Backpacking Ethiopia is not for rookies. However, if you decide to explore this beautiful country, you will be rewarded with some unforgettable experiences. Join thousands of people in their chanting and dancing for the annual Timkat festival, explore the rock-hewn underground churches of Lalibela, share a meal of Injera with fellow bus passengers or trek the spectacular Simien mountains. Don’t miss Ethiopian dancing! Ethiopia has something to offer for anyone!
- Introduction to this Ethiopia backpacking guide
- How to prepare for backpacking Ethiopia?
- What is the best time to travel?
- Getting into Ethiopia from Sudan
- Time in Ethiopia: Explaining ‘Faranji time’
- Buying a simcard in Ethiopia and internet
- Safety in Ethiopia
- Female traveling
- Solo traveling
- Transportation in Ethiopia
- Accommodation in Ethiopia
- Where to stay in Ethiopia?
- Costs and budget of backpacking Ethiopia
- Highlights of backpacking Ethiopia
- An example of a three-week Northern Ethiopia backpacking itinerary
- Eating and drinking in Ethiopia
- How to communicate in Ethiopia?
- I don’t have much backpacking experience… Should I go to Ethiopia?
- Responsible travel in Ethiopia
Introduction to this Ethiopia backpacking guide
In February 2018, I solo backpacked three weeks throughout Northern Ethiopia (e.g. no tour operator and nothing was booked beforehand). Based on my experience, I wrote this extensive guide to backpacking Ethiopia. This independent travel guide mostly focuses on Northern Ethiopia and Addis Abeba.
How to prepare for backpacking Ethiopia?
Backpacking in Ethiopia is easy and safe, but you may want to pack and check some things before you go.
Specific things to pack for Ethiopia
- Liner or sleeping bag. Sometimes, my bed only had a thin sheet and no blankets. Especially in winter, I was very happy with my sleeping bag.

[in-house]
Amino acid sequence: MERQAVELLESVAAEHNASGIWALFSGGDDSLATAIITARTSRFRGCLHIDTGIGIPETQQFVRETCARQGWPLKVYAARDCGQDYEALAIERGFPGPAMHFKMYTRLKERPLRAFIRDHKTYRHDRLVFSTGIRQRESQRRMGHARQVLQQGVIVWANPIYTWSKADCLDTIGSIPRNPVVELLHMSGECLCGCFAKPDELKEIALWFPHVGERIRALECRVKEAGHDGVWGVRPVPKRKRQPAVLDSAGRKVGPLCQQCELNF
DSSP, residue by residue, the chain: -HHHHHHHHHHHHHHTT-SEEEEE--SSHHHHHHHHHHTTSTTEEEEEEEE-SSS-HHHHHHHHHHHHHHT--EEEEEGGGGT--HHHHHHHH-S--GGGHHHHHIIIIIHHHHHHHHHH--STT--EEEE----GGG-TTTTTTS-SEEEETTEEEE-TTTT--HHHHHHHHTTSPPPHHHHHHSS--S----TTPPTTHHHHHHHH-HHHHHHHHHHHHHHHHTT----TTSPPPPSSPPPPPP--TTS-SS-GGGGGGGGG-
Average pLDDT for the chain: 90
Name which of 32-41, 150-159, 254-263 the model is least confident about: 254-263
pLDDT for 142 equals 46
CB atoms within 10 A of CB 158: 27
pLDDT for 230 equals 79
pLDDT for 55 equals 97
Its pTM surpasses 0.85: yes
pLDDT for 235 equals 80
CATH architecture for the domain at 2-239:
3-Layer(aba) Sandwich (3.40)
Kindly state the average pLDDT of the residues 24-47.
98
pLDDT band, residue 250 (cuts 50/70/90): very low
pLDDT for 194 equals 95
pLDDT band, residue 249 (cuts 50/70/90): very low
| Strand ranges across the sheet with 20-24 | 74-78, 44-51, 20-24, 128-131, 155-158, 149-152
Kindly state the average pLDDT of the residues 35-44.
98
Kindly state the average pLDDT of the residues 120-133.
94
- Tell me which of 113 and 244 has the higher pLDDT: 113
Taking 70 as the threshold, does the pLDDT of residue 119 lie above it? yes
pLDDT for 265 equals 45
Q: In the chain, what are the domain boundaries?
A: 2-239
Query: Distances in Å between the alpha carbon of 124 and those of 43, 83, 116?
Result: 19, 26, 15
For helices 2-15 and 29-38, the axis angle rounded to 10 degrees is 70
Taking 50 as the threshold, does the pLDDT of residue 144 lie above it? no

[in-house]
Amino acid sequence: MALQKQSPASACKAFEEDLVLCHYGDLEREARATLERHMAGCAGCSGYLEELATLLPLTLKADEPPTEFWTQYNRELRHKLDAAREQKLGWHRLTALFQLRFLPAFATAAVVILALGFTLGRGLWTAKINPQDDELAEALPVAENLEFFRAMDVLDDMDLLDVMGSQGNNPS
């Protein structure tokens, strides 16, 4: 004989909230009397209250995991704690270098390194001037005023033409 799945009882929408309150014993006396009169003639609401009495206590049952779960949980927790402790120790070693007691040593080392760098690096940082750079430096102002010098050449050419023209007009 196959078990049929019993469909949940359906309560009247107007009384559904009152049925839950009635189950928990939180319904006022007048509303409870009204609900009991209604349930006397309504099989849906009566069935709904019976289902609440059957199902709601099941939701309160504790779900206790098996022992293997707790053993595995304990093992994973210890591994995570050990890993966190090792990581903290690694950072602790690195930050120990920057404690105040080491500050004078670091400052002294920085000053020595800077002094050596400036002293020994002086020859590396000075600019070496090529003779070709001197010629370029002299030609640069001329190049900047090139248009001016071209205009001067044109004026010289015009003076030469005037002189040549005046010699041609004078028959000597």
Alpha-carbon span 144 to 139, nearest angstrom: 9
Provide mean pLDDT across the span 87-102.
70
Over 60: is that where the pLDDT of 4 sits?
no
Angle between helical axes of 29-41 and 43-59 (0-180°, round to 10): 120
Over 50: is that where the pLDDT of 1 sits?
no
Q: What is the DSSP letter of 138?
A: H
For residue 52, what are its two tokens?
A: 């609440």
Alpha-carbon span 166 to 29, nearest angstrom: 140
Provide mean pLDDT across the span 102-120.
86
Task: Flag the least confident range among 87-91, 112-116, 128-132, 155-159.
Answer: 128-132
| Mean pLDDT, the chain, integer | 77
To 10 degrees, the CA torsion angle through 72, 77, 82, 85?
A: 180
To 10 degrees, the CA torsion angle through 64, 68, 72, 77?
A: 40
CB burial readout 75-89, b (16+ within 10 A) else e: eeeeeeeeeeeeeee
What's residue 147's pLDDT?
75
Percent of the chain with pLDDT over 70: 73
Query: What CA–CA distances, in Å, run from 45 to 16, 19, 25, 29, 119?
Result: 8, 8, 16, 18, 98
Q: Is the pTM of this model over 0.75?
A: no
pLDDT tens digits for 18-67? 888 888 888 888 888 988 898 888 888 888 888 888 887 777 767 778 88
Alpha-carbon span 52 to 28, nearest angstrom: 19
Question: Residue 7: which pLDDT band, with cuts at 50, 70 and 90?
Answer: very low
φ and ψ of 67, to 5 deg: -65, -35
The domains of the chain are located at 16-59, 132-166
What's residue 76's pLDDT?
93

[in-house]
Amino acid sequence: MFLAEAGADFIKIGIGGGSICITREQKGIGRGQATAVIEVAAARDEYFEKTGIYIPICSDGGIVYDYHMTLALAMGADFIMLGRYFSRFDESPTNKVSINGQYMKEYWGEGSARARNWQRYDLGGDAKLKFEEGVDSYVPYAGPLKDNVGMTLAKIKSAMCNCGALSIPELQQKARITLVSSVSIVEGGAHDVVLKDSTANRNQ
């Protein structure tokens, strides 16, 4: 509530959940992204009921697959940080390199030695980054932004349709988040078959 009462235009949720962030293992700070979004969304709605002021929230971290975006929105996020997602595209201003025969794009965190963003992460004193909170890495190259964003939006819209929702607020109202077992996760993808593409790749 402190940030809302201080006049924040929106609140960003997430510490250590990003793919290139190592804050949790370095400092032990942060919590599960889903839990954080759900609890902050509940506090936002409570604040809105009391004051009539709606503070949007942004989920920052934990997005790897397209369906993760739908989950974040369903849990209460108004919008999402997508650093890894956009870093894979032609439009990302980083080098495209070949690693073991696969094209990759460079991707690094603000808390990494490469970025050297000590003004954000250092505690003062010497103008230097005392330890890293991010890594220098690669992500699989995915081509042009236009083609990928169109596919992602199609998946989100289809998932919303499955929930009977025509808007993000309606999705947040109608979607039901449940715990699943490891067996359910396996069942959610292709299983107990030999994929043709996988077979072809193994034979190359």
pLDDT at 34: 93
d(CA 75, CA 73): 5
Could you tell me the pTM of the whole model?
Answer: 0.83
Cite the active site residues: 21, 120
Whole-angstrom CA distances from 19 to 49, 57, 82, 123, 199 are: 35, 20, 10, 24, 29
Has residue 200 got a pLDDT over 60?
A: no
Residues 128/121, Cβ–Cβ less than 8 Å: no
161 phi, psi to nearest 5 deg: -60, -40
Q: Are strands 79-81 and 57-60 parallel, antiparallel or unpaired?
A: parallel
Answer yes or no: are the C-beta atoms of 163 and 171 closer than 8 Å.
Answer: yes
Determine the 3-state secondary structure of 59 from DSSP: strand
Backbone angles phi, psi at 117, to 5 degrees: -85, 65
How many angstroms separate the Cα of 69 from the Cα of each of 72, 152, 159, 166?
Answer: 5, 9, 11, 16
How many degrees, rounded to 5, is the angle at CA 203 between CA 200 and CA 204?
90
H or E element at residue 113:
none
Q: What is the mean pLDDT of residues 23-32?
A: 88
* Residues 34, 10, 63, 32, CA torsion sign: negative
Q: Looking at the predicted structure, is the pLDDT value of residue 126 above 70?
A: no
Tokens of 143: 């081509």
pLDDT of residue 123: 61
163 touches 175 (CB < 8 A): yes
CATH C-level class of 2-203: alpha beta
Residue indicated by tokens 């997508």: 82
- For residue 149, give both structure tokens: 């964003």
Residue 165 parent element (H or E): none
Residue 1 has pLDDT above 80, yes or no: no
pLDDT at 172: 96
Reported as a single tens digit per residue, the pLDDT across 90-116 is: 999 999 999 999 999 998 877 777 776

- Warm clothing. I traveled during winter. It was warm during the day, but very cold once the sun went down. In Simien Mountains, it was freezing at night.
- Your vaccination certificate with a yellow fever certificate.
- Bring US dollars. There is only a limited number of functioning ATM’s in Ethiopia. Dashen and the Commercial Bank of Ethiopia are the most reliable. However, it’s recommended to carry plenty of emergency cash.
- Please find my full packing list for backpacking trips here.
David (a reader and fellow traveler) also advices to bring antibiotics, a travel diarrhea kit and a satellite telephone. A satellite phone seems ‘fancy’, but I can imagine if you’re traveling through more isolated parts of the world for a longer period of time, it can be quite useful. Especially when you have your own vehicle. Satellite phones are apparently quite cheap these days. You can opt for a 1-month contract, and the calls are only $1/minute to anywhere in the world. Cheaper than roaming! Thanks for your contribution David!
Specific things to do before going to Ethiopia
- Learn some Amharic. Obviously, you will learn some Amharic on the road, but you may consider to learn some basics while you’re still at home. It’s easy and useful!
- Check the latest Ethiopia travel advice from your government. (Personally, in most cases I won’t let this affect my travels)
- Download a VPN. Ethiopia sometimes imposes a restriction on social media channels. A VPN can be useful.
- Download the maps.me application. The Ethiopia map has useful information.
- Arrange your Ethiopian visa. I arranged my Ethiopian visa in Khartoum, Sudan, because I traveled overland from Sudan. You will get your visa the same day. If you enter by airport, you should be able to get a visa on arrival (check if this the case for your country).
- You may want to get travel insurance, some immunisations (check with your local tropical healthcare clinic) and anti-malarial drugs.
- Practice greeting each other with a shoulder bump. This is how freedom fighters used to greet each other in the nineties, but the handshake-shoulder bump is still a popular greeting today.
What is the best time to travel?